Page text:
‘For a story that is so much about being scared, this is writing at its most fearless.’Matthew Bright, Everybody’s Reviewing.
I’ve counted every minute of the drive from the apartment to this layby, watched the speed limits of different roads and whether Dad obeys them, how long we’ve idled at each red light, how busy the roads are and whether that’s slowed us down. Because every minute we travel means the journey back is another minute longer.From ‘The Fear Talking’ by Chris Westoby
Over recent years we have been talking more and more about mental health, finally giving it the attention it deserves. And yet, as we face more isolation and lockdown as the COVID situation continues, it can be hard to look beyond the platitudes and the ‘top tips for good mental health’ to the reality of living, day-to-day with a complex mental health problem.
In early December, Dr Chris Westoby’s book ‘The Fear Talking’ will be released. The book tells the true story of Chris’s life-long struggle with anxiety, which was undiagnosed during his teenage years. Ashamed of his own thoughts, struggling with his desire to be alone, all day, forever, Chris begins to explore the causes and effects in his anxiety, seeking a sense of control that may just be within reach, but which may come at a price he doesn’t know he’s paying. In this article Chris talks about his anxiety, his book, and how writing in a supportive environment at Hull helped him.
Find out more about ‘The Fear Talking’ by Chris Westoby at Barbican Press, or purchase from Waterstones or on Amazon
I’ve had an anxiety condition since my earliest memory. It stems from a crippling fear of being violently ill in the sight of other people, and manifests as the avoidance of seeing anyone or being in any situation where I can’t vanish from sight at a moment’s notice. It has become steadily more severe throughout my life, causing me to develop OCD and depression. But I grew up not knowing what was wrong with me until I was twenty. My childhood and early adulthood were spent in constant confusion, fear, secrecy and shame. In 2020, as a culture, we know a little more about mental illness now than when I was growing up in the 00s, but we’re far from there yet. I know there are young people out there who feel like I did, who are having to keep their illness to themselves or question what it is that’s going on with them and live in that same kind of isolation.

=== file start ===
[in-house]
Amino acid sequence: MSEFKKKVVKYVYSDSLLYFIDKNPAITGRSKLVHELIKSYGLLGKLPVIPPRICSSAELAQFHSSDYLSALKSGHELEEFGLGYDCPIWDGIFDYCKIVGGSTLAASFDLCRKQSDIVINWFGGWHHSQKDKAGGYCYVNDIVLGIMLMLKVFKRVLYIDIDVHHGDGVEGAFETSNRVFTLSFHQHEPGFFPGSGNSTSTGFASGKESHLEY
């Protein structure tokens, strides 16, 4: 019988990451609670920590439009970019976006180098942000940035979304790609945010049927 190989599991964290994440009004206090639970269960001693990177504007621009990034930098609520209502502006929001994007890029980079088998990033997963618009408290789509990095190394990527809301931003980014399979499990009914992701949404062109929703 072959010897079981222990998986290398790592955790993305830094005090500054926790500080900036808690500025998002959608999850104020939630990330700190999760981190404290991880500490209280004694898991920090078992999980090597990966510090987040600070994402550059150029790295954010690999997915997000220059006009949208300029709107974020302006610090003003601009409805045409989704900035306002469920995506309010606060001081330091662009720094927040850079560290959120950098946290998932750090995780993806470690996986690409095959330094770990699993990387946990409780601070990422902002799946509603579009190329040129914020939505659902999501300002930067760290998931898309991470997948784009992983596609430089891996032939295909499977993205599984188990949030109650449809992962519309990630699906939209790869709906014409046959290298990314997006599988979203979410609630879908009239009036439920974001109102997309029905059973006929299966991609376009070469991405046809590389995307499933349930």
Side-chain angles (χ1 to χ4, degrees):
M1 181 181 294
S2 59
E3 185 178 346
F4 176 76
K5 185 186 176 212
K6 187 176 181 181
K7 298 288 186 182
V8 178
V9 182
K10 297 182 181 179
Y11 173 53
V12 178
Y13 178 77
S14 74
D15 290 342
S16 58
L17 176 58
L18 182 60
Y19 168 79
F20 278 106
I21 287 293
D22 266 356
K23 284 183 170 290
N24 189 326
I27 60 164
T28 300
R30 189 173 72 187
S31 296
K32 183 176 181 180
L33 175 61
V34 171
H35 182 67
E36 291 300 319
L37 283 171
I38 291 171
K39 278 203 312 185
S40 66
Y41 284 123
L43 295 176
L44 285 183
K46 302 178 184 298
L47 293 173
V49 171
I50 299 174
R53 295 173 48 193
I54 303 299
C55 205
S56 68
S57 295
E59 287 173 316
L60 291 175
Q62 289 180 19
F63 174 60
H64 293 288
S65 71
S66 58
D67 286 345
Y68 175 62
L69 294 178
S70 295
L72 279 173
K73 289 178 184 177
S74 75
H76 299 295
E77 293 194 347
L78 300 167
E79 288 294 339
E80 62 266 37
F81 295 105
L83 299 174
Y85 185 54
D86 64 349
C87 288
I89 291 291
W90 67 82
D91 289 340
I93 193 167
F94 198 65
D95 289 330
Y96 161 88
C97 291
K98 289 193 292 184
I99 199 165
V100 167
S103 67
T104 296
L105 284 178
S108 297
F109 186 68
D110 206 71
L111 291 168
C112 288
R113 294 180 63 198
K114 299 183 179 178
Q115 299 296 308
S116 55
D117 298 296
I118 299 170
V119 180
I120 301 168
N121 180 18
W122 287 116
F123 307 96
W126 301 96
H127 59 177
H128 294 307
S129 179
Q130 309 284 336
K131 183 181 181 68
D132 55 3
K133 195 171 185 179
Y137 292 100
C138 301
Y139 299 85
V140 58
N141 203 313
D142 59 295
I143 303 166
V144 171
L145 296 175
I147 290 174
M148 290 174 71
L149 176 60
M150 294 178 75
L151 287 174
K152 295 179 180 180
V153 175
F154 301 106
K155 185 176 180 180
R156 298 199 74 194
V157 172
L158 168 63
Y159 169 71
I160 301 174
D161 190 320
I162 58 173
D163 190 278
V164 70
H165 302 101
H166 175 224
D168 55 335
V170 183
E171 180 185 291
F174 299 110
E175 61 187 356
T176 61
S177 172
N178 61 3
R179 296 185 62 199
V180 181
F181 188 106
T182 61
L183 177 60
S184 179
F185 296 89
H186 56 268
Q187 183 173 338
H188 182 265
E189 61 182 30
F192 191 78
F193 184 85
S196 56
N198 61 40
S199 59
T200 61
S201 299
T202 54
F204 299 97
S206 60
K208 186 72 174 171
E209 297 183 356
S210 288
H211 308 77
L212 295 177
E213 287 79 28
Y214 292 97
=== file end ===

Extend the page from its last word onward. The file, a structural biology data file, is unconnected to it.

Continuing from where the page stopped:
I wanted to write the book that I wish someone had handed me when I was younger.
The Fear Talking is not clinical, it’s not written with the benefit of hindsight, it’s not about becoming better or having the answers. It’s just the story. That’s what I needed back then: to hear from someone who was going through something similar, to know others were haunted by the kinds of intrusive thoughts I experienced.
It is vital that we recognise the red flags when it comes to mental health. Whether we have a mental health condition or know someone else who does, the more we inform ourselves about it the better. As The Fear Talking shows, being misunderstood – by others and also myself – was a highly damaging experience to my quality of life and relationships with others. I want this portrait of anxiety to help people understand the condition by offering a peek behind the curtain of someone’s life, revealing the naked details of the thought processes and behaviours it causes.
I feel this is especially resonant in 2020. We’re living in an era of heightened anxiety. There are few things more anxiety-inducing than uncertainty and isolation. Shut away in the various degrees of lockdown we have faced this year, our collective mental health has taken a massive blow. The sharing of our experiences seems more important than ever to help stave off anxiety and other mental health issues. Intrusive thoughts thrive when they’re kept inside of us; they want us to keep them secret. It took me the majority of my life to learn how to open up about mental health; even today, that first leap of disclosing what I’m going through to someone else can feel like too great a leap. I therefore recommend doing it indirectly. For example, talking about a book, a film, music, news, or any event that covers the topic of mental health can be an inroad. Writing was how I learned to initiate such a conversation. I was midway into my MA in Creative Writing here at the University of Hull in 2011 when I chose to bury a tiny mention of my condition within an otherwise comedic article about my hometown half-hoping no one would notice:
“Barton’s edges were the unclimbable fences of my enclosure. I never left. Unable to attend college, unable to face home. I walked about, most of the day, most days, for a year and a half. As far from eyes as possible.”
But it was enough. Writing allowed me to make the leap into openness, and this wouldn’t have happened were it not for the safe and non-judgemental space cultivated by our tutors here at Hull. We could try new avenues of writing, take risks, experiment and face down difficult subjects; they offered an invitation to step into the unknown, alongside peers doing the same. This tiny snippet was the seed that grew into what is now The Fear Talking.